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Memorandum from the Board of Trade of Great Britain to George III, King of Great Britain concerning acts of the North Carolina General Assembly concerning courts
Great Britain. Board of Trade
December 03, 1761
Volume 06, Pages 587-591

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[From MSS. Records in Office of Secretary of State.]

Whitehall 3rd Decr 1761

To the King's most Excellent Majesty

May it please your Majesty

We have had under our consideratson three Acts passed in your Majesty's Province of North Carolina in May 1760, entituled,

An Act for establishing Superior Courts of Pleas and Grand Sessions, and regulating the Proceedings therein.

An Act to establish Inferior Courts of Pleas and Quarter Sessions in the several Counties in this Province.

An Act for the better care of Orphans and Security and Management of their Estates.

By these Acts the Courts of Judicature constituted, and the Regulation made for the Administration of Justice in the Province by certain Laws enacted there in the Years 1754 & 1755, (which laws were repealed by his late Majesty) are re-established with some alterations and additions in respect to the Qualifications of the Judges of the Superior Court, the Duration of their commissions and the Jurisdiction of the Inferior or County Courts.

The first of these Laws divides the Province into five Districts, and appoints Courts to be held in each of them at stated times by the Chief Justice and three Associate Judges to whom full Jurisdiction is given in all civil actions real personal and mixed where the value of the action exceeds £10. and also in all Cases of a criminal nature respecting Treason, Felony, Breaches of the Peace and other Crimes.

The Second Act establishes Inferior Courts of Pleas or Quarter Sessions in each County composed of the Justices of the County, to whom Jurisdiction is given in all Causes at Common Law where the cause of Action is above 40 shillings and does not exceed £50. and in all cases of Petty Larceny, assaults Batteries, Trespasses and Breaches of the Peace and of filial Portions, Legacies and Distribution of Intestate's Estate for any sums whatever.

The General System of Judicature established by these Laws is not only regular and uniform in itself, but is also consonant to the principles and Constitution of the Mother Country, the Laws and Usage of other Colonies, and properly adapted to the situation and circumstances of that Province for by the Establishment of the Superior Court which is in the nature of a Circuit Court, the Inhabitants

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who live in scattered, wide extended Settlements will have Justice brought to their own Doors and by the Establishment of the Inferior or County Courts will be freed from the Inconvenience of going through a tedious uncertain and expensive Process of Law upon every trivial Dispute.

As to the Rules of Proceeding in the several Courts established by these Acts the Propriety of them depends upon Questions of Law of which we are not competent Judges, but as Sr Mathew Lamb one of your Majesty's Counsel at Law appointed for the Service of this Board, to whom the Acts have been referr'd, has made no Objection thereto, We presume they are consonant and agreeable to the Rules of Proceeding in like Cases in the Courts here.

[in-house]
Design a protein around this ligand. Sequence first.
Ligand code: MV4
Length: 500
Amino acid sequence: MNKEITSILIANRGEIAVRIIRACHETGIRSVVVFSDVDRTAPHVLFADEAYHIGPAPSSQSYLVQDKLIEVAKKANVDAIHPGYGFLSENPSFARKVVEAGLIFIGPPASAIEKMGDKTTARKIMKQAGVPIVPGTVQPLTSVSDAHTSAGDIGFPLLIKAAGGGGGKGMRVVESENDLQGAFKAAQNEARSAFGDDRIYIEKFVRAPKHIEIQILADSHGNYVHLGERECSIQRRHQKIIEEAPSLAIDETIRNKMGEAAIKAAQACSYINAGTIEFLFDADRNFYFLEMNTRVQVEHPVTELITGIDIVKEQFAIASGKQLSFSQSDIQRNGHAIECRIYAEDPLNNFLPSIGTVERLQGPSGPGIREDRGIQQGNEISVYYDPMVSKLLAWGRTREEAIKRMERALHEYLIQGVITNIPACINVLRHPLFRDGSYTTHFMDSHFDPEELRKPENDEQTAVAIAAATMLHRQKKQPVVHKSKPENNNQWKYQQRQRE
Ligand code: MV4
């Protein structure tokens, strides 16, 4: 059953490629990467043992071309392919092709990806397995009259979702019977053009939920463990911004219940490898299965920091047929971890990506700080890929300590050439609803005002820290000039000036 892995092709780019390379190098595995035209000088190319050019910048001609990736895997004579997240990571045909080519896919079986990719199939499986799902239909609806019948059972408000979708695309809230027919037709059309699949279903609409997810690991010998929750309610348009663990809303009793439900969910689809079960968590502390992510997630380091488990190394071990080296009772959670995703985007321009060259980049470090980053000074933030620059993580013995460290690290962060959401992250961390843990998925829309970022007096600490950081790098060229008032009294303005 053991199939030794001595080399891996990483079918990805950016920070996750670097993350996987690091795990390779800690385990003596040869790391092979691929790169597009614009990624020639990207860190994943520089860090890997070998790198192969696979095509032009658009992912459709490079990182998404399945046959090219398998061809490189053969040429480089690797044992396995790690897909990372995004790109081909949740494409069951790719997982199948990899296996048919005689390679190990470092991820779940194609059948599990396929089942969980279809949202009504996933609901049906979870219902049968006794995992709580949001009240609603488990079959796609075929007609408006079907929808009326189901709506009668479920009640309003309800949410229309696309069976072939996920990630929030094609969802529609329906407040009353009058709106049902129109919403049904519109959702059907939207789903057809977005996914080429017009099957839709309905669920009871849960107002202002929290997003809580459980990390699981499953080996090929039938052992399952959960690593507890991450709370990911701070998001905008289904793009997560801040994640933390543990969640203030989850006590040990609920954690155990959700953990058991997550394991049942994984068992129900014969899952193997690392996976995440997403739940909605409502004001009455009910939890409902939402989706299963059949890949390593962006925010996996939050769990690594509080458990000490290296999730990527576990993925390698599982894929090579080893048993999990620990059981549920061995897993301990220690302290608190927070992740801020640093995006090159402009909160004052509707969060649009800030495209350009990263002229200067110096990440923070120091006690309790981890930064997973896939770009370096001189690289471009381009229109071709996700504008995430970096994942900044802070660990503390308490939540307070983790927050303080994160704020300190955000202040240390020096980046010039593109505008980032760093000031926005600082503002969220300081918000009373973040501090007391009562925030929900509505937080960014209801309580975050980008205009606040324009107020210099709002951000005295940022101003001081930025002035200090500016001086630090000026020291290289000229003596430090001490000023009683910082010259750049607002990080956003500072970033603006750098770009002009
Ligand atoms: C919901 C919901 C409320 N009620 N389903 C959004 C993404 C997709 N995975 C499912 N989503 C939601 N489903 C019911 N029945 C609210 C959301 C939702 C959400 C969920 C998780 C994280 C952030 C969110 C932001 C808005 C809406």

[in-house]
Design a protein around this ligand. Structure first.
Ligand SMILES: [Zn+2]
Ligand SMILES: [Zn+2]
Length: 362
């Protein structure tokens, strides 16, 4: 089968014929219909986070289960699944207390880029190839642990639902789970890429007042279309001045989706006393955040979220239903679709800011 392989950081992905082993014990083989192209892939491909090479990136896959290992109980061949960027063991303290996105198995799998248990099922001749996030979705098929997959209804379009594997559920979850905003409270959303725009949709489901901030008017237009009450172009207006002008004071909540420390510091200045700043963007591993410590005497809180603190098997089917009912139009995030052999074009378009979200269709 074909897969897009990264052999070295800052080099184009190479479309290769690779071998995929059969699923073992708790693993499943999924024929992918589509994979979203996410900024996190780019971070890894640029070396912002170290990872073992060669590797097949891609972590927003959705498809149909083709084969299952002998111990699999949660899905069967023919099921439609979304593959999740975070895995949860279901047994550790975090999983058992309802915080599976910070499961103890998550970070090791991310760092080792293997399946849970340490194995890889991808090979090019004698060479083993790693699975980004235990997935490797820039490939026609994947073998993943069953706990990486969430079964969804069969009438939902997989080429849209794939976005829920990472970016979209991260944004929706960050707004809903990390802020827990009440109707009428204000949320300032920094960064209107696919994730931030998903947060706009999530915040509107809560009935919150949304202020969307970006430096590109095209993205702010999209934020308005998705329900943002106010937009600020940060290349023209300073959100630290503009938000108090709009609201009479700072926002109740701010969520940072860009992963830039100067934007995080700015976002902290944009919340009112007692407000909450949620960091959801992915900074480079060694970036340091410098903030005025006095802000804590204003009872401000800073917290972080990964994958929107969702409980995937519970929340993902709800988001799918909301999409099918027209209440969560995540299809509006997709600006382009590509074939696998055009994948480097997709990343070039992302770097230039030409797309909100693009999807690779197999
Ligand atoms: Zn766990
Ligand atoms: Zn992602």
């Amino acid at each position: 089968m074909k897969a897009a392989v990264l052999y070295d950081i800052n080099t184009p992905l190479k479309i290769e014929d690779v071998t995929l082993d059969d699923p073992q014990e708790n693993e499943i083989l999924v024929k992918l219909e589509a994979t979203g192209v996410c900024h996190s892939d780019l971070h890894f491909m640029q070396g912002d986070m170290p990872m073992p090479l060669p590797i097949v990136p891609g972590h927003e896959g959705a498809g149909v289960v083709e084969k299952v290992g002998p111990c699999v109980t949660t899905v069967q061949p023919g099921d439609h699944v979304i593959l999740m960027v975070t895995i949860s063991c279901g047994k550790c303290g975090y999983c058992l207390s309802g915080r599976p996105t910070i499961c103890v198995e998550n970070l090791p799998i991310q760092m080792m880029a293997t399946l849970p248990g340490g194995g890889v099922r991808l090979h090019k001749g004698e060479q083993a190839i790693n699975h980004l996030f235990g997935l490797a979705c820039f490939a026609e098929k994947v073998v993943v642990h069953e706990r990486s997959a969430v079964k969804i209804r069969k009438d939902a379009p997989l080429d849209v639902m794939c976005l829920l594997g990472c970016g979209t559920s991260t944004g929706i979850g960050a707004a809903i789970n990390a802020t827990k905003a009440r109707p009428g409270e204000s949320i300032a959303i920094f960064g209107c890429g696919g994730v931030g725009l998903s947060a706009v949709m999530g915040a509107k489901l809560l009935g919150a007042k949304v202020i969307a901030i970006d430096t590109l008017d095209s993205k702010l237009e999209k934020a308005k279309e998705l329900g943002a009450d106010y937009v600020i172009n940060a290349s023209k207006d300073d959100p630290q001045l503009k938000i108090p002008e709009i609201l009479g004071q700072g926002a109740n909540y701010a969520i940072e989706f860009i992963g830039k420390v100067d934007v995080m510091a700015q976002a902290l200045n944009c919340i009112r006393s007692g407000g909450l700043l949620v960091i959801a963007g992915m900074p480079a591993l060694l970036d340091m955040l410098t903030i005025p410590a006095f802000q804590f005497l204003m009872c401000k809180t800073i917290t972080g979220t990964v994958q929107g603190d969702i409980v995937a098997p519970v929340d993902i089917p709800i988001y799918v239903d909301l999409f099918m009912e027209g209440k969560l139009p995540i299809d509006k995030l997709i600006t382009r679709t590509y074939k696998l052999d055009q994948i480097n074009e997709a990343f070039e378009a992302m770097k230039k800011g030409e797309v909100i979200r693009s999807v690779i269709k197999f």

In this general View and Consideration of these Laws therefore they do not appear to Us liable to objection and when We consider of how great Importance they are to the Welfare and Interests of the Province in general, to the Liberties and Properties of its Inhabitants and other your Majesty's Subjects trading to it We cannot but lament that they should in some particular Provisions be so exceptionable, that We are compelled in Duty to your Majesty to lay them before you for your Royal Disapprobation.

The Points in which these Laws appear to Us exceptionable are,

First. In what regards the Qualification of the associate Judges of the Supreme Court and the Duration of their Commissions.

2ly The Jurisdiction and Power given to the Inferior or County Courts in particular Cases.

For it is enacted by the first of these Laws that no Person shall be appointed a Justice or Judge of the Supreme Court who shall not have been regularly called to the Degree of an outer Barrister in some one of the Inns of Court in England, and is not of five Years standing there or shall not have practiced the Law in the principal Courts of Judicature of that or some adjacent Province, and it is further enacted that they shall hold their Offices Quam diu se bene gesserint and by the second and third of these Laws it is declared that the Justices who compose the County Courts shall not only have Jurisdiction in all civil Actions to the extent of £50, but shall also have concurrent Jurisdiction with the Supreme Court in all cases of filial Portions Legacies Distribution of Intestates Estates Guardianship and care of Orphans and their Estates without any Limitation at all.

The Consequence and Effect of that Clause in the first Act, which ascertains the Qualification of the Judges, is so obvious and apparent,

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that it is almost unnecessary for Us to observe upon it, further than that it will not only necessarily operate to preclude your Majesty in the appointment of any Person from hence to be an Associate Judge in that Province, but is also We humbly apprehend an unconstitutional Restraint upon the Power of appointing Judges which Your Majesty has thought fit to Delegate to Your Governor under the Great Seal and it is our Duty to observe that Mr. Dobbs does Assert in a Letter to the Members of this Board constituted under His late Majestys Commission that this Clause was framed with a View to Compell him to appoint three particular Persons to whom the Qualification was peculiarly adapted.

As to the Clause by which the Associate Judges are to hold their Offices Quam diu se bene gesserint, We have had so lately occasion to lay our humble Sentiments before your Majesty upon that point that We shall only add that the Irregularity of such a Constitution is the more striking in this particular case, as the Chief Justice appointed by your Majesty, and who is to preside in the Supreme Court holds his Office by your Majesty's appointment during Pleasure only.